Big Project ME’s visit to the Alila Jabal Akhdar prior to its opening
When visiting Oman, most travellers tend to focus on the Sultanate’s many spectacular beaches and pristine diving sites, others tend to be wowed by its ancient culture and landmarks. With its history in the region, Oman has always attracted visitors keen to explore its strange fusion of Arabia, Africa and South-East Asian cultures.
However, over the last decade or so, Oman has been quietly carving out a niche for itself as one of the world’s premier eco-tourism destinations, pushing forwards its credentials as a haven for critically endangered regional wildlife and the millennia old mountains that form its spine.
Following a drive of approximately three hours into the Hajjar Mountains, visitors to Jabal Akhdar will be treated to a landscape that is almost lunar in its nature, with the sense of science fiction enhanced by their first sight of the village of the same name. Clustered together on a plateau, the houses of the village overlook a sheer drop into a fantastical canyon.
This is why Big Project Middle East has come to the Sultanate. For it is here that Omran, the government backed tourism investment and development body, is building an eco-tourism project like no other in the Middle East.
Having identified the area as an attraction for visitors, the government of Oman has backed the development of a boutique hotel that is 2,600 metres above sea-level and well off the beaten path.
Situated a further 45 minute drive away from the village, the Alila Jabal Akhdar is an 86 room hotel that aims to offer its guests a sense of luxury and exclusivity, while also being able to enjoy Oman’s nature at its finest.
“We get a lot of visitors from Oman, the GCC and of course, Europe. So the government has invested a lot in enhancing the infrastructure. We had an evident lack of lodging facilities, it’s as simple as that. There was a hotel that was built in the late 1980s or early 90s, but it had something like 25 rooms. It used to serve the purpose, but there was definitely a demand (for more),” explains Ammar Al Kharussi, site manager for Omran on the project.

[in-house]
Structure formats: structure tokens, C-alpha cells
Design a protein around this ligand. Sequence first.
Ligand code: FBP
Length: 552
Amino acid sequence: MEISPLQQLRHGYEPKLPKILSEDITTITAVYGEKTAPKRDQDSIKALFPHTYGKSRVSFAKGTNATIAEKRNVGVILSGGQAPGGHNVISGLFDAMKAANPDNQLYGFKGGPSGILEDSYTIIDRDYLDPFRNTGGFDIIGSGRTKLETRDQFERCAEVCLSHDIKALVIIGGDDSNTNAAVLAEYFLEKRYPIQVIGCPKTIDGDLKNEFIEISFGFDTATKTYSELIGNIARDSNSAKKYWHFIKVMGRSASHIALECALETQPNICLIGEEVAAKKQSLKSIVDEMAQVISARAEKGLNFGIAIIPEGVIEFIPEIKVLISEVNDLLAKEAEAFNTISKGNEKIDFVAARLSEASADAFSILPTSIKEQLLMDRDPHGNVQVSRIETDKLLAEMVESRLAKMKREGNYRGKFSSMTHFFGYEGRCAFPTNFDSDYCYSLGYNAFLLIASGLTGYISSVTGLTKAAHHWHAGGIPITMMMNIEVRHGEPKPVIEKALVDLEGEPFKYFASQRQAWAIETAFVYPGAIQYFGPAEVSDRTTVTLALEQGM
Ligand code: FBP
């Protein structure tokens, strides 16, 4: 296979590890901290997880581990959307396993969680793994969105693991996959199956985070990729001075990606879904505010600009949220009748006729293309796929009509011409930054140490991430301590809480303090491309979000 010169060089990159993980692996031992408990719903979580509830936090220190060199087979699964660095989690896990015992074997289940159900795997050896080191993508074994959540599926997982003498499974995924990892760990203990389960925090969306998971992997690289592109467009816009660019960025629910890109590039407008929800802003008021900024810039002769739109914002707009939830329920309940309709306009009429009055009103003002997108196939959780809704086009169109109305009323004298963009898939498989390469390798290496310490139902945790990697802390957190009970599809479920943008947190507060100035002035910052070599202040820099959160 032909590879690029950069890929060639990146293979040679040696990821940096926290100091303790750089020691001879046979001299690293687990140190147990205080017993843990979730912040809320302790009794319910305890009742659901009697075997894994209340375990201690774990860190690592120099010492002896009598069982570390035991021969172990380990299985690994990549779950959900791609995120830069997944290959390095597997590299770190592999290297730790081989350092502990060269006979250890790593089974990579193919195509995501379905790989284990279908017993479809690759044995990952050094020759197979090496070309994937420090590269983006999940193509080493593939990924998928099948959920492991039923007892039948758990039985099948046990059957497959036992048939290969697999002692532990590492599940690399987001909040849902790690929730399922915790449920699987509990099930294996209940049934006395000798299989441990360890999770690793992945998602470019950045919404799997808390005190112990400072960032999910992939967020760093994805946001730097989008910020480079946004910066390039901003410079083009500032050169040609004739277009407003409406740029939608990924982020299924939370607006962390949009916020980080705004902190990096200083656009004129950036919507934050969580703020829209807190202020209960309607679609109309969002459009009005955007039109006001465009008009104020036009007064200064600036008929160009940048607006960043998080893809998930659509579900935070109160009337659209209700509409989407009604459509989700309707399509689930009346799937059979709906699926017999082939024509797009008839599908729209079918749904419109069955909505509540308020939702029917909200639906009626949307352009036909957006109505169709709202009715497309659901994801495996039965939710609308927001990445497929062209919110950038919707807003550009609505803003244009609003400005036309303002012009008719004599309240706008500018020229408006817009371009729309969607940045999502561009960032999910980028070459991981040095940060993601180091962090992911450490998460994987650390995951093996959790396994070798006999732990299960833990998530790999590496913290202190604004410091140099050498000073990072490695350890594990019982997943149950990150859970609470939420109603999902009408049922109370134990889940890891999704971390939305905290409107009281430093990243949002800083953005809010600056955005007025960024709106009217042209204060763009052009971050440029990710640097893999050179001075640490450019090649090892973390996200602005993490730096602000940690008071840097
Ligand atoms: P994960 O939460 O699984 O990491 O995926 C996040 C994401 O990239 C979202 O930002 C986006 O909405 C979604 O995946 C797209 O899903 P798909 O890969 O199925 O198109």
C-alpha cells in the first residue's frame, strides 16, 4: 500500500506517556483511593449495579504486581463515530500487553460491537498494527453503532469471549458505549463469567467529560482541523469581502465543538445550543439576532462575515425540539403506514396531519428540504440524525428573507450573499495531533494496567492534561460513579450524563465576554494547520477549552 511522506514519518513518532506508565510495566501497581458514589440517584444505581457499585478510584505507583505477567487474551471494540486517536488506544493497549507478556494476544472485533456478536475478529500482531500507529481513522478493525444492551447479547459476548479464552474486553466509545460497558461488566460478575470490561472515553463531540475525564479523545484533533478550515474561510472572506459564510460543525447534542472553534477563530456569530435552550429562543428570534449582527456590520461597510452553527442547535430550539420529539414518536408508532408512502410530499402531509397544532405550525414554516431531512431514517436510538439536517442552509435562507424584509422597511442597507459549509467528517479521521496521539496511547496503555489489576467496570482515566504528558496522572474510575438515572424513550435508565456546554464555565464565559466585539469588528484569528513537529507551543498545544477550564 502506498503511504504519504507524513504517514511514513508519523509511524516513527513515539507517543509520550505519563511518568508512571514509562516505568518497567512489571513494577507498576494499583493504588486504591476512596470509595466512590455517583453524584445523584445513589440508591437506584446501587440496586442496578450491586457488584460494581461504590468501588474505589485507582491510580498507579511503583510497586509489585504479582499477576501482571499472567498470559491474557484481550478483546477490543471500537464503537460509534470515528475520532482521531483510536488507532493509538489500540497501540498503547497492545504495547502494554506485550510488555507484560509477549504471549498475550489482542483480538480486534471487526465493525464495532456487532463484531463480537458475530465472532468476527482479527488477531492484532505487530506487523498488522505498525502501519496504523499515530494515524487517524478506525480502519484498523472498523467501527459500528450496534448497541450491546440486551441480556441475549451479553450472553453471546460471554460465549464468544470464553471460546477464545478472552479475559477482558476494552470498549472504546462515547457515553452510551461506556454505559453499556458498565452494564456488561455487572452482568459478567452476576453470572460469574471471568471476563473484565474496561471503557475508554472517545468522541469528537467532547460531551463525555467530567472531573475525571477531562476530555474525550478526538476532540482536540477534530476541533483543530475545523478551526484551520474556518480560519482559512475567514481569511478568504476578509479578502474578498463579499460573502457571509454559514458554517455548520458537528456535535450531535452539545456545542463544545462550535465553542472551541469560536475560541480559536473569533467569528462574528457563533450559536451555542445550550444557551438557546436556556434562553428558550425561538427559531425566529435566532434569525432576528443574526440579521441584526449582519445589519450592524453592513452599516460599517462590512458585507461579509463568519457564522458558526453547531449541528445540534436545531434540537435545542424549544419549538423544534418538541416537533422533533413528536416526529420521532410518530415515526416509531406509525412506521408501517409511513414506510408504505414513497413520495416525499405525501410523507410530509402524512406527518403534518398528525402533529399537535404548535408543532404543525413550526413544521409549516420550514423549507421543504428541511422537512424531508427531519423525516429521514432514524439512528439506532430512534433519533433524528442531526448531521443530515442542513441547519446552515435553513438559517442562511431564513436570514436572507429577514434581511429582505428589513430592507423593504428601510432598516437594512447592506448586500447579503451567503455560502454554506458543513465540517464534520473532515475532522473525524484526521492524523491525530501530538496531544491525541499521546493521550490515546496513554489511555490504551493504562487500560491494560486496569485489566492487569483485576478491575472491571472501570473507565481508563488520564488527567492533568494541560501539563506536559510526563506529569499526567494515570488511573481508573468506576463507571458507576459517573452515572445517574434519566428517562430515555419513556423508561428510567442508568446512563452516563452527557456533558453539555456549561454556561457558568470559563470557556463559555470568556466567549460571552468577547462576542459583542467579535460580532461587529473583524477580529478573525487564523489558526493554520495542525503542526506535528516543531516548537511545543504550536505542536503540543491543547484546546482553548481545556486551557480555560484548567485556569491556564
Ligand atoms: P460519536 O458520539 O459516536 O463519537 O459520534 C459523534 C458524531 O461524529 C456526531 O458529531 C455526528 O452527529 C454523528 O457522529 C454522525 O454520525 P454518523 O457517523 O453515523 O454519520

“So we started designing and developing the hotel (Alila Jabal Akhdar). We thought that if we were going to design a hotel, it would have to be world-renowned, it would have to be a landmark and we’d like it spoken of amongst the various industries, whether it’s tourism, construction, design or architecture,” he continues.
“We pushed the green button back in 2009 and started detailed design development. At the time, we relied heavily on Atkins for being the architect of record and the lead designers for structural and MEP. Besides that, they were kindly coordinating with our other designers for the kitchens, the IT, the laundry and so on.”
The contract for construction was awarded to Dawood Contracting, an Omani construction firm, on 6 December, 2011, Al Kharussi says.
“It was an exciting time because we didn’t know what we were facing. It’s three square kilometres of land and regardless of how many boreholes you have, you’ll never be able to fully understand the geotechnical features of the site. It was very challenging in terms of breaking the rock and preparing the infrastructure,” he highlights.
This difficulty in preparing the site is understandable, given that it lies nearly four hours away from the nearest major city. The man tasked with ensuring that the project stayed on track and running on time would have quite the job on his hands. Step forward Bijoy Varma, resident engineer for Atkins Oman.
“Construction was 24 months. It was supposed to be finished by December 20, 2013, but in fact, three months from the start of the project, the client gave additional work to the contractor for the back of house, staff accommodation. Because of that, the deadline was increased by three months, added to the original 24,” he explains.
While most projects with a two-year programme would expect to see the pace pick-up in the second year, Varma says that in this case, the project saw 50% of progress completed in the first year. This included excavation, substructure work, and concrete completion and so on.
“We finished back of house first, but this is a scattered construction site and all the fronts were open, so we were working on all fronts,” Varma adds, highlighting the urgency which the project progressed as it pushed to meet its deadline.